Analysts are already predicting that the new phones won’t reach the 130 million unit sales that Motorola boasts for Razr over several years. But the jury is still out on whether using the old brand that came to symbolize the company’s downfall will help sales of the latest phone, which it is touting as the world’s thinnest smartphone.

“We tend to see it more in the auto industry where Dodge brought back the Charger and Volkswagen brought back the Beetle. Volkswagen did well,” said NPD analyst Ross Rubin. But the modern Beetle is an updated model that is recognizable as a descendent of an old car that dates back to pre-war Germany. The Droid Razr is a tablet-like device with a 4.3 inch display that looks nothing like the original flip-phone Razr.

Tech wrap: AT&T preps plan to salvage T-Mobile deal

AT&T was expected to soon present a two-track plan that allows the company to try to find a settlement before the government lawsuit to block its planned $39 billion acquisition of smaller rival T-Mobile USA reaches the court. Details of AT&T’s proposed settlement were not available, but it is expected to include pledges to maintain T-Mobile’s relatively cheap mobile subscription plans, and asset sales.

TechCrunch founder Michael Arrington created a venture capital fund to invest in promising start-ups, sparking controversy over possible conflicts of interest involving the fund and questions about the integrity of the blog. Included in the debate was Arrington’s employment status, with one AOL spokesperson claiming that Arrington was no longer employed by the owners TechCrunch, and another claiming he was. Arrington’s creation of the “CrunchFund” comes months after he publicly announced that he had begun to actively invest in start-up companies, which also triggered a lively debate within the industry.

A senior exec from Acer said Microsoft will be the winner in Google’s buy of Motorola Mobility as the deal makes Google a direct rival to its phone-making clients. “They work against some of their clients,” said Walter Deppeler, president of Acer’s operations in Europe, Middle East and Africa. “It was a good gift to Microsoft,” he told Reuters.  Acer uses operating software from both Microsoft and Google in its smartphones and tablets. Deppeler said Acer would consider the implications of the deal before deciding on future platform choices.

Tech wrap: HP investors running for cover

Shares of Hewlett-Packard slumped by more than 20 percent to a six-year low on Friday as investors wiped about $16 billion off the market value of the world’s biggest PC maker in a resounding rejection of its plan for a major shake-up.

Blog Zero Hedge posted an article by Tyler Durden, titled “Here Is Who Is Getting Creamed On Today’s Hewlett Packard Bloodbath“, that includes a chart of the the top 40 holders of HPQ stock.

Reuters blogger Felix Salmon credits Durden with breaking the “real” news yesterday about HP, after Bloomberg broke the M&A news of the IT firm’s internal shakeup and it’s $10 billion acquisition of UK company Autonomy. Salmon on the scoop: “…looks like an attempt by HP to manage media coverage and to distract attention from its dreadful earnings guidance.”

Google dials it up by pocketing Motorola

For a company that is all about world domination via the hardware-agnostic cloud, Google sure seems fascinated with being in the computer game these days.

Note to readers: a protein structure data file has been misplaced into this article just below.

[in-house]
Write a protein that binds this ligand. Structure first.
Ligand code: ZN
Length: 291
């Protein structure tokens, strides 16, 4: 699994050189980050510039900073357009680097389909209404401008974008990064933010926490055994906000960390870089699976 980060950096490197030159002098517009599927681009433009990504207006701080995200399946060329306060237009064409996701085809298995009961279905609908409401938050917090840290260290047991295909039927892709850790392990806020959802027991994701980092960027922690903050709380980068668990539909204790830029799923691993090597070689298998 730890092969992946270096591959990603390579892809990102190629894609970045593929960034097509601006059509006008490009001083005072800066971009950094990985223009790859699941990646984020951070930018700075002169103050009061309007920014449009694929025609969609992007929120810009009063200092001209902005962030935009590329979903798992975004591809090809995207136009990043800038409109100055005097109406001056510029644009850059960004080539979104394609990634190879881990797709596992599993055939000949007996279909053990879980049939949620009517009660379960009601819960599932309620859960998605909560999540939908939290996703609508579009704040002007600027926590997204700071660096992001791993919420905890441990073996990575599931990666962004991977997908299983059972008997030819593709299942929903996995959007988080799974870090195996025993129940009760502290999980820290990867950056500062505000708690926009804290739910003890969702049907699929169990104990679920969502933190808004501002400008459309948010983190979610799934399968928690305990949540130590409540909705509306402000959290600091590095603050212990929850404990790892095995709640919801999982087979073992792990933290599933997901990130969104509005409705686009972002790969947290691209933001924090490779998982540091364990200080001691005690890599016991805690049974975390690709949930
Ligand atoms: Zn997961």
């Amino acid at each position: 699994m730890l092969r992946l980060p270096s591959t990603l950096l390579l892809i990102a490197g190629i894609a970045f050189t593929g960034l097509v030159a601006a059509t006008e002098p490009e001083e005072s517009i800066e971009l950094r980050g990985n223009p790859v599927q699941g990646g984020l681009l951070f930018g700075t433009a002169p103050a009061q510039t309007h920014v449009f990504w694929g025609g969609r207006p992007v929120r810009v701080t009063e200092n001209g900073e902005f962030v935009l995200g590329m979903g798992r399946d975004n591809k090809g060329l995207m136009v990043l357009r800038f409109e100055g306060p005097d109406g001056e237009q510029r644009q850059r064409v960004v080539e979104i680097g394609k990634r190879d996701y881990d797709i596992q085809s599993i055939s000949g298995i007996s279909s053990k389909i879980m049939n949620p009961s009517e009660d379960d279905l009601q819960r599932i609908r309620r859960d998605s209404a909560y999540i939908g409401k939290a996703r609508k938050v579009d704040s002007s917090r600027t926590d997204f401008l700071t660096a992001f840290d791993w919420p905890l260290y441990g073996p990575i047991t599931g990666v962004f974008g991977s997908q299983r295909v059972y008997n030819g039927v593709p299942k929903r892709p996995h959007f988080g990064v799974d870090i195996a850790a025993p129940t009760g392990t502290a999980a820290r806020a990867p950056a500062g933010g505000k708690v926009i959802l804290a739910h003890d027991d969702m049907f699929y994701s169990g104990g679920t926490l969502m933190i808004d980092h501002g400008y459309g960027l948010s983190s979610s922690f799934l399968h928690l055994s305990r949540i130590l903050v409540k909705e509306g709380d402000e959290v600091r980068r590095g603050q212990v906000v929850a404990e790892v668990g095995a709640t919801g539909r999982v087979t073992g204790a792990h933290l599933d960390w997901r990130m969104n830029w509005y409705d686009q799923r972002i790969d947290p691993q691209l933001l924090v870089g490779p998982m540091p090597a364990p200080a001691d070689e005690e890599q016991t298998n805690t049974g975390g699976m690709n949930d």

There are those Chromebook laptops, a partnership with Samsung and Acer that is primarily a means to extend the reach of Google’s cloud-based services courtesy of a delivery system of inexpensive computers that don’t do much of anything else. But that’s a play against Microsoft and its office software suite, not the world’s top computer makers.

And it makes core sense: Google still makes nearly 100 percent of its roughly $30 billion annual revenue from small text ads on web pages, and, to a much lesser extent, its cloud-based services. Anything that drives traffic to those pages is money in Google’s bank.

Tech wrap: Google targets Apple with Motorola buy

Setting its sights on rival Apple, Google announced its biggest deal ever, a $12.5 billion cash acquisition of mobile phone maker Motorola Mobility.

Google’s biggest foray into hardware comes weeks after a failed attempt to buy patents from bankrupt Nortel, and gives it an intellectual property library in wireless telephony to wage war on Apple and Microsoft.

However, analysts agreed that that buy was more about the patents and less about the hardware.

Tech wrap: Amazon impresses

Amazon wowed investors when it reported a 51 percent surge in sales for the second quarter and said revenue for the current quarter would beat expectations. Shares of the e-commerce giant shot up more than 6 percent on the figures in after-hours trade, even though second-quarter net profits fell as the company’s margins continued to be pressured by heavy spending on distribution, technology and digital content.

Netflix shares took another beating on Tuesday after it warned a day earlier it was expecting subscriber growth to stall in the third quarter in response to price hikes announced this month. That didn’t stop several analysts from raising their price targets on the video rental company’s stock, though, as they took the company at its word that the effects of the subscriber slowdown would be temporary. According to one analyst interviewed by Reuters, the gain in average revenue per user in the fourth quarter will “more than offset” the expected cancellations from the higher prices. Another expressed optimism about the company’s plans to expand into Latin America early next year.

Wal-Mart’s answer to Netflix, Vudu, has a new home on the Walmart.com website. The retailer decided to move its video streaming and rental service to its flagship site in a bid to drum up more use as it competes with a host of other similar services. Starting Tuesday, consumers can order a DVD for mail delivery or pickup or rent or buy releases digitally directly from Wal-Mart’s website. The retailer bought the video company last year but had operated it separately until now.